11:30am: guitar lessons for an hour
12:30pm: lunch
01:00pm: study time for 5 hours with some guitar/piano playing time in between
06:00pm: go out to dinner with brother and parents
07:30pm: watch TV
09:30pm: bed time
 

andfor

Legend
I think you may be a little overly wound tight about what you want versus what the kids wants. While school is more important than tennis, if you're trying to steer him into a field you want versus what his aptitudes and desires are, someone is going to be disappointed. Probably the kid. My suggestion is help him the best you can as you are with his schooling and tennis. But find out from him and with some help from some career counseling where his career vocational desires are. Then help guide him to where the best school and college tennis fit may be.

I pushed my kid though school. Although he loved tennis, he hated school. Now he plays golf and works in a field for which most colleges do not have that curriculum. The golf is one thing, that's cool. In hindsight we should have put more effort into identifying his vocational preferences. Then we could have better tailored his choice of post secondary education coupled with college tennis.
 

jcgatennismom

Professional
@bobleenov1963 From the posted schedule, it sounds like your son splits his after school time between schoolwork and tennis/music with 3 hours of studying M-F and 2:45 of tennis/music. In your earlier posts, you implied your son spent very little time studying; in reality his time is balanced. Saturday is the only day that is primarily tennis and music which is reasonable. 2 hours a day for tennis training during the week is actually light, but quality can sometimes offset quantity with the right coaches and focus. If I added right he has 9,5 hours of tennis practice a week and 7 hours of conditioning/workouts/cross training. Most players would have more tennis and less conditioning, e.g. 30min-1hr or strength conditioning per 3 hrs of tennis. However, he needs to fit in some time for tournaments. My son probably spent 13 hrs on tennis training/conditioning M-F (much less during HS tennis season) with tournaments twice a month on weekends. On the weekends without tournaments, he caught up or worked ahead on his two online classes as he left school at 1pm each day (and came back at 3;45 for HS tennis matches-most team followed similar schedule). He probably arranged some matchplay and did some conditioning on his own on those off weekends.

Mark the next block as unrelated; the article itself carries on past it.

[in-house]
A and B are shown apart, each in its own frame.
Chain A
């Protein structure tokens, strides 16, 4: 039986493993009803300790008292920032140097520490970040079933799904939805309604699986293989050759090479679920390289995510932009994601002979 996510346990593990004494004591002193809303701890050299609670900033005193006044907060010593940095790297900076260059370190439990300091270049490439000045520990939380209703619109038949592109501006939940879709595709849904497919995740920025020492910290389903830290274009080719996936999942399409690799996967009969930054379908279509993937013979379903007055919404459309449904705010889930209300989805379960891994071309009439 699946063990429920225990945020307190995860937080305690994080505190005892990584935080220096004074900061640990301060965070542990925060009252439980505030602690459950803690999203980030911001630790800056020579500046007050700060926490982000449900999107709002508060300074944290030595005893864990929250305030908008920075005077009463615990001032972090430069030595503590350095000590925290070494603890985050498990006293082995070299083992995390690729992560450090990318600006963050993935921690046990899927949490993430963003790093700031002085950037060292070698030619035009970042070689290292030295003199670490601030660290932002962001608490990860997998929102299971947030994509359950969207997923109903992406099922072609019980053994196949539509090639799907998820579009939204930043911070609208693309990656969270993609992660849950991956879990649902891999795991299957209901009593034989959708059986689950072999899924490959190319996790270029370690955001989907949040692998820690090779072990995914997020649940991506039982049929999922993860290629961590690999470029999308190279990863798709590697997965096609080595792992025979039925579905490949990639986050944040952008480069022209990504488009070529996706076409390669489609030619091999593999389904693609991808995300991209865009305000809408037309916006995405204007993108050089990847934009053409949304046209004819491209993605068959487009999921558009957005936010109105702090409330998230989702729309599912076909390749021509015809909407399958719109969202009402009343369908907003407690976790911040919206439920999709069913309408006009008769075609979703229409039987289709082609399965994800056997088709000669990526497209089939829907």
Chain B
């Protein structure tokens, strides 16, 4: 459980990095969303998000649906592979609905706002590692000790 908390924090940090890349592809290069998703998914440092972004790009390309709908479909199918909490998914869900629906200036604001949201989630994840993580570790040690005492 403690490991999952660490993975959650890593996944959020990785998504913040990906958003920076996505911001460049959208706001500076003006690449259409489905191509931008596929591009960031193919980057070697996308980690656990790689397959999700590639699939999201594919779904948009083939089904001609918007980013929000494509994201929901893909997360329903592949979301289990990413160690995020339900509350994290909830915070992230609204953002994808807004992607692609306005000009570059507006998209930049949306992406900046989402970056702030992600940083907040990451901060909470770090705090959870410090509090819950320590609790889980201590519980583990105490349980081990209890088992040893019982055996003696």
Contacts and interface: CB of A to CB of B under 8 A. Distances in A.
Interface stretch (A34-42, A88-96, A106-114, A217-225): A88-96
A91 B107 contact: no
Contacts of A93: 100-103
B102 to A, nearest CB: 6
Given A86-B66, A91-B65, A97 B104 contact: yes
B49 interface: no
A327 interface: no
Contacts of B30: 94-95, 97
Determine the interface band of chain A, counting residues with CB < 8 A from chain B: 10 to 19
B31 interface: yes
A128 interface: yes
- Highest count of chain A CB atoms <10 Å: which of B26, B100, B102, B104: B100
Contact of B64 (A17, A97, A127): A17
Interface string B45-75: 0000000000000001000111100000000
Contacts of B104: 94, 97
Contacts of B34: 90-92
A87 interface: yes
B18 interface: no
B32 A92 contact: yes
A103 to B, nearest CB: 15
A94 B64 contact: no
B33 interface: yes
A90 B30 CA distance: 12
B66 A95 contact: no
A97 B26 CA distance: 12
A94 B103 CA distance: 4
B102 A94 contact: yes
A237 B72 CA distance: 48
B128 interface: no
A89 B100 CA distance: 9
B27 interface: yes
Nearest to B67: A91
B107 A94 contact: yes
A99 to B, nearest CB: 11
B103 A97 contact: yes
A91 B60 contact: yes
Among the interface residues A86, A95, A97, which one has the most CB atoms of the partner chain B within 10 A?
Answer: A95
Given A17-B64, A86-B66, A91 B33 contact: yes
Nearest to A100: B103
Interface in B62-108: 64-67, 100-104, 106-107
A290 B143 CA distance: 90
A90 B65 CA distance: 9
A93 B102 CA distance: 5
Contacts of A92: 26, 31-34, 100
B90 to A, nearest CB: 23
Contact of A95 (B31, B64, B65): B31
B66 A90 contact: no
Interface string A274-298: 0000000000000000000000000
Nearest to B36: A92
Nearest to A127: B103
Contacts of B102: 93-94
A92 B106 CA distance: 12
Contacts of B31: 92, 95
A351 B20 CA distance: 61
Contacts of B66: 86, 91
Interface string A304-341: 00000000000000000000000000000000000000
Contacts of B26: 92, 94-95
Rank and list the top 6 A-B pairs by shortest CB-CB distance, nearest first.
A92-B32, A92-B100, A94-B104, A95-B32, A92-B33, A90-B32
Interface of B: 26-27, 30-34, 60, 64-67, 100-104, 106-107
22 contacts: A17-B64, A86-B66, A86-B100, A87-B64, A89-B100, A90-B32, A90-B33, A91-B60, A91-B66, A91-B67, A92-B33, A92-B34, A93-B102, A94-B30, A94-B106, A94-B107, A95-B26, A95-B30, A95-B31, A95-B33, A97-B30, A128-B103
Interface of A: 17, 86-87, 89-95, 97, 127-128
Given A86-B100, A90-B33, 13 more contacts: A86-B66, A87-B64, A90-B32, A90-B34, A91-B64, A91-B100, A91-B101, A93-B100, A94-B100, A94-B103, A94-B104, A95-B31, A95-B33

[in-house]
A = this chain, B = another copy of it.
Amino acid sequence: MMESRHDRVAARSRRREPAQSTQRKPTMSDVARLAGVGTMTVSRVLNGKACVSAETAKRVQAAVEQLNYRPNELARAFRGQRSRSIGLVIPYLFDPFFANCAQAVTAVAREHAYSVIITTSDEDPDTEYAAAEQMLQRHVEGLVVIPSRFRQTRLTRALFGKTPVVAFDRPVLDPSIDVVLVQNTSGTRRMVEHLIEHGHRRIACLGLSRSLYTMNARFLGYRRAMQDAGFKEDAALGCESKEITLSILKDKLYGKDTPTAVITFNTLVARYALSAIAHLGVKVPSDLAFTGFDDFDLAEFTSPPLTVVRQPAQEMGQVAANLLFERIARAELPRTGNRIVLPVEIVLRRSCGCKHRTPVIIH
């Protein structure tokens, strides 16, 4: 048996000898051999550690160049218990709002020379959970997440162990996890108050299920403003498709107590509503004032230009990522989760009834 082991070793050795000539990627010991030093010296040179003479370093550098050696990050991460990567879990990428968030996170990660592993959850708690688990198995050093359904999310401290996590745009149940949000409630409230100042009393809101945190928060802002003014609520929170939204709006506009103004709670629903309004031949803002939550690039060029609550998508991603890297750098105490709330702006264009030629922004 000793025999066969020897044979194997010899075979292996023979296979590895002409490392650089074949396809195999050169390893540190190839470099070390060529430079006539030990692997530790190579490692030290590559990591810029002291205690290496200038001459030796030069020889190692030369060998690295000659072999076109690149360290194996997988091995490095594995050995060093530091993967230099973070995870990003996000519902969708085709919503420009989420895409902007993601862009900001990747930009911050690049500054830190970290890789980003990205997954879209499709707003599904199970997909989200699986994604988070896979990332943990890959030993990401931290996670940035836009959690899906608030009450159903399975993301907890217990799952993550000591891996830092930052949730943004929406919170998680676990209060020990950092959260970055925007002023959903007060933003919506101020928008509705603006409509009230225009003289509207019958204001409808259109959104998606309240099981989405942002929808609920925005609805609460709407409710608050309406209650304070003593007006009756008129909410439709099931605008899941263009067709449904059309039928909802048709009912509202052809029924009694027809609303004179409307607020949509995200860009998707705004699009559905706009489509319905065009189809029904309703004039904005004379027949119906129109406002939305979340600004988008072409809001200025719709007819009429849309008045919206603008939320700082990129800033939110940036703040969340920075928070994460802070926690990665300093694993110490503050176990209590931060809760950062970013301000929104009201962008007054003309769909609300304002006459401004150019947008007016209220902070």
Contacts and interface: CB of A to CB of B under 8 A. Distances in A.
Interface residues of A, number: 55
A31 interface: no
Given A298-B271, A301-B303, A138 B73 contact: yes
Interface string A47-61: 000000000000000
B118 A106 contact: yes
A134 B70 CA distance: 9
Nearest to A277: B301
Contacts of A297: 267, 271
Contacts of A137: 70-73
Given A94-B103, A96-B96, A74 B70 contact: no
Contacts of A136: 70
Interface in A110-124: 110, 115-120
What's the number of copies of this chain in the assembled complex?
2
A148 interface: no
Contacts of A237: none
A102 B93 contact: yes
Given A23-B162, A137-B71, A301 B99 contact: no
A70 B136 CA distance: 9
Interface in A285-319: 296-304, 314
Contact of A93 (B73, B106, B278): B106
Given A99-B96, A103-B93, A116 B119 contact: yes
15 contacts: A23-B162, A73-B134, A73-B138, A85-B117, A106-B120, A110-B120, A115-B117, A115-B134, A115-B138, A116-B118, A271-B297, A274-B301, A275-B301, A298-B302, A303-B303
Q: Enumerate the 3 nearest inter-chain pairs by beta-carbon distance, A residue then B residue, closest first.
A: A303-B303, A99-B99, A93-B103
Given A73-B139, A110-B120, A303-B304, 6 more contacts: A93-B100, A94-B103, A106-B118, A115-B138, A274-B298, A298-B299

In college I think most players practice 3 hours of tennis with an hour of weights/conditioning sometime during the day-either after practice or early in the am. Typical college schedule-classes in am, grab a quick light lunch, then tennis/conditioning. Get dinner then study but also spend evening/weekend time attending other sports (strongly encouraged), attend meetings, do some volunteer work, travel, do laundry, go grocery shopping if you live off campus and dont have meal plan-not much free time during week and limited free time on home weekends-need to use that for projects, bigger papers. Your son might be able to do his music in the fall as players may only play 3-4 fall invites, but in the spring, once the season starts, there are matches every week, with half away. He might only get to do his music on home weekends. In a tight van with players and tennis bags, there probably wont be room for a guitar.